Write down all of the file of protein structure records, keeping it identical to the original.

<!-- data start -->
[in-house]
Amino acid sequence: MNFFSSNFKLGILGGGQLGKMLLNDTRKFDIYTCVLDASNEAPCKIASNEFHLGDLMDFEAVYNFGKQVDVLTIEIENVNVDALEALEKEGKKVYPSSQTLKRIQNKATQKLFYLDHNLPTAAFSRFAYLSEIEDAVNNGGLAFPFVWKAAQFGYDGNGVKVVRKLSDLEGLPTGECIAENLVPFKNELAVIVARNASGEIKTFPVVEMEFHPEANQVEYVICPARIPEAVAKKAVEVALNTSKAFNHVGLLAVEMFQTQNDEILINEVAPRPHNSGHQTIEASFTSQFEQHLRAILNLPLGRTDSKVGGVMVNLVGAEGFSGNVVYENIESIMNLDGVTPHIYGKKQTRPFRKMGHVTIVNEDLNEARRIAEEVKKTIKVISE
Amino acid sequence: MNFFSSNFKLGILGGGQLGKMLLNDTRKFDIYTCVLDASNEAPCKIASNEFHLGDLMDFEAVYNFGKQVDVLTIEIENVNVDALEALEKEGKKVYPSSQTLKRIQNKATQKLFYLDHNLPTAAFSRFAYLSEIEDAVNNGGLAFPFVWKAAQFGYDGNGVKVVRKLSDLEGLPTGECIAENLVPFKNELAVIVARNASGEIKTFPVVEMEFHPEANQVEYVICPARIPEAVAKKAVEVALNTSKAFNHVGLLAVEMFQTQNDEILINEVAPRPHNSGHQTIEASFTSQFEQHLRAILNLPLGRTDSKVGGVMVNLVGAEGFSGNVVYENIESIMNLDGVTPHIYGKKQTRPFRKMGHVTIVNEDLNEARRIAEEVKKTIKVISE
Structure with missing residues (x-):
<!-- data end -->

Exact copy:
[in-house]
Amino acid sequence: MNFFSSNFKLGILGGGQLGKMLLNDTRKFDIYTCVLDASNEAPCKIASNEFHLGDLMDFEAVYNFGKQVDVLTIEIENVNVDALEALEKEGKKVYPSSQTLKRIQNKATQKLFYLDHNLPTAAFSRFAYLSEIEDAVNNGGLAFPFVWKAAQFGYDGNGVKVVRKLSDLEGLPTGECIAENLVPFKNELAVIVARNASGEIKTFPVVEMEFHPEANQVEYVICPARIPEAVAKKAVEVALNTSKAFNHVGLLAVEMFQTQNDEILINEVAPRPHNSGHQTIEASFTSQFEQHLRAILNLPLGRTDSKVGGVMVNLVGAEGFSGNVVYENIESIMNLDGVTPHIYGKKQTRPFRKMGHVTIVNEDLNEARRIAEEVKKTIKVISE
Amino acid sequence: MNFFSSNFKLGILGGGQLGKMLLNDTRKFDIYTCVLDASNEAPCKIASNEFHLGDLMDFEAVYNFGKQVDVLTIEIENVNVDALEALEKEGKKVYPSSQTLKRIQNKATQKLFYLDHNLPTAAFSRFAYLSEIEDAVNNGGLAFPFVWKAAQFGYDGNGVKVVRKLSDLEGLPTGECIAENLVPFKNELAVIVARNASGEIKTFPVVEMEFHPEANQVEYVICPARIPEAVAKKAVEVALNTSKAFNHVGLLAVEMFQTQNDEILINEVAPRPHNSGHQTIEASFTSQFEQHLRAILNLPLGRTDSKVGGVMVNLVGAEGFSGNVVYENIESIMNLDGVTPHIYGKKQTRPFRKMGHVTIVNEDLNEARRIAEEVKKTIKVISE
Structure with missing residues (x-):